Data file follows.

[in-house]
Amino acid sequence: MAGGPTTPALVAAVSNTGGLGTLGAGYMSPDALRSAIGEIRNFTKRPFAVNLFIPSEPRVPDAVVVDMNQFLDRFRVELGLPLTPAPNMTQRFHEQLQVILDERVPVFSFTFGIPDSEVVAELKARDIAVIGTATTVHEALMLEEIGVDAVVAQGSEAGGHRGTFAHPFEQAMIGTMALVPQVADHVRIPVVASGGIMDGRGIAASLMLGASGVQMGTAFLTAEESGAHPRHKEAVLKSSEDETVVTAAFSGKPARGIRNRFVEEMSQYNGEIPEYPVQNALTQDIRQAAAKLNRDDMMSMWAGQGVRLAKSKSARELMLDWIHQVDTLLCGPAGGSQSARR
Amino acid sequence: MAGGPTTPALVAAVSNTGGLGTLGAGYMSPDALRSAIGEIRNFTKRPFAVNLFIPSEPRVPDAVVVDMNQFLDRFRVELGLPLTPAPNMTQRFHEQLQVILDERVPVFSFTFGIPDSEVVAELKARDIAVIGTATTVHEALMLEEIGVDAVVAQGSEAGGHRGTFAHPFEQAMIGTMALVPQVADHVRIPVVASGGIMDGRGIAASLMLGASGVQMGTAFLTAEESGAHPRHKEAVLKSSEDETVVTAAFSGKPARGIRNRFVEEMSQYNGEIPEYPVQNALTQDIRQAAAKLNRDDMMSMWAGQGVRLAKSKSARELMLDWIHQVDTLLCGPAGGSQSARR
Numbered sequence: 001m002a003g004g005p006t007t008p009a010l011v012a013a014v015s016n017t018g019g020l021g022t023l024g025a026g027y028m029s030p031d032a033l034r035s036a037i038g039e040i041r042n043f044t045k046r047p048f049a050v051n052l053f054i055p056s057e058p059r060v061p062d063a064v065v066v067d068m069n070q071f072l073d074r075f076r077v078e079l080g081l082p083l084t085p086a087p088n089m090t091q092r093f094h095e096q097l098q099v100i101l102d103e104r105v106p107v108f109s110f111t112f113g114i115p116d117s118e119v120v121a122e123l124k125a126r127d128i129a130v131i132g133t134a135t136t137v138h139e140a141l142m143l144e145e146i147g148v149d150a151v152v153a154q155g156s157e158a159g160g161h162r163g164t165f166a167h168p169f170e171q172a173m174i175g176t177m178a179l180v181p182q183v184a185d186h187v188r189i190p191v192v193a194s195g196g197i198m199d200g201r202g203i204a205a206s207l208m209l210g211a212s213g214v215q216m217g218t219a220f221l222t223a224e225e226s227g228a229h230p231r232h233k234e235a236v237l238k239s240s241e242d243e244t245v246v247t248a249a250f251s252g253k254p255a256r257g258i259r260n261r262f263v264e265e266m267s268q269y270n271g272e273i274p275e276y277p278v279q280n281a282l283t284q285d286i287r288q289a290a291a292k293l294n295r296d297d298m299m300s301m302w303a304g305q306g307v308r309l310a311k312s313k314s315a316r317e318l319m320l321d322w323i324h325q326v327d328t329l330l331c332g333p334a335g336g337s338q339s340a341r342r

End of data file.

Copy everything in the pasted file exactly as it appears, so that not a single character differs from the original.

[in-house]
Amino acid sequence: MAGGPTTPALVAAVSNTGGLGTLGAGYMSPDALRSAIGEIRNFTKRPFAVNLFIPSEPRVPDAVVVDMNQFLDRFRVELGLPLTPAPNMTQRFHEQLQVILDERVPVFSFTFGIPDSEVVAELKARDIAVIGTATTVHEALMLEEIGVDAVVAQGSEAGGHRGTFAHPFEQAMIGTMALVPQVADHVRIPVVASGGIMDGRGIAASLMLGASGVQMGTAFLTAEESGAHPRHKEAVLKSSEDETVVTAAFSGKPARGIRNRFVEEMSQYNGEIPEYPVQNALTQDIRQAAAKLNRDDMMSMWAGQGVRLAKSKSARELMLDWIHQVDTLLCGPAGGSQSARR
Amino acid sequence: MAGGPTTPALVAAVSNTGGLGTLGAGYMSPDALRSAIGEIRNFTKRPFAVNLFIPSEPRVPDAVVVDMNQFLDRFRVELGLPLTPAPNMTQRFHEQLQVILDERVPVFSFTFGIPDSEVVAELKARDIAVIGTATTVHEALMLEEIGVDAVVAQGSEAGGHRGTFAHPFEQAMIGTMALVPQVADHVRIPVVASGGIMDGRGIAASLMLGASGVQMGTAFLTAEESGAHPRHKEAVLKSSEDETVVTAAFSGKPARGIRNRFVEEMSQYNGEIPEYPVQNALTQDIRQAAAKLNRDDMMSMWAGQGVRLAKSKSARELMLDWIHQVDTLLCGPAGGSQSARR
Numbered sequence: 001m002a003g004g005p006t007t008p009a010l011v012a013a014v015s016n017t018g019g020l021g022t023l024g025a026g027y028m029s030p031d032a033l034r035s036a037i038g039e040i041r042n043f044t045k046r047p048f049a050v051n052l053f054i055p056s057e058p059r060v061p062d063a064v065v066v067d068m069n070q071f072l073d074r075f076r077v078e079l080g081l082p083l084t085p086a087p088n089m090t091q092r093f094h095e096q097l098q099v100i101l102d103e104r105v106p107v108f109s110f111t112f113g114i115p116d117s118e119v120v121a122e123l124k125a126r127d128i129a130v131i132g133t134a135t136t137v138h139e140a141l142m143l144e145e146i147g148v149d150a151v152v153a154q155g156s157e158a159g160g161h162r163g164t165f166a167h168p169f170e171q172a173m174i175g176t177m178a179l180v181p182q183v184a185d186h187v188r189i190p191v192v193a194s195g196g197i198m199d200g201r202g203i204a205a206s207l208m209l210g211a212s213g214v215q216m217g218t219a220f221l222t223a224e225e226s227g228a229h230p231r232h233k234e235a236v237l238k239s240s241e242d243e244t245v246v247t248a249a250f251s252g253k254p255a256r257g258i259r260n261r262f263v264e265e266m267s268q269y270n271g272e273i274p275e276y277p278v279q280n281a282l283t284q285d286i287r288q289a290a291a292k293l294n295r296d297d298m299m300s301m302w303a304g305q306g307v308r309l310a311k312s313k314s315a316r317e318l319m320l321d322w323i324h325q326v327d328t329l330l331c332g333p334a335g336g337s338q339s340a341r342r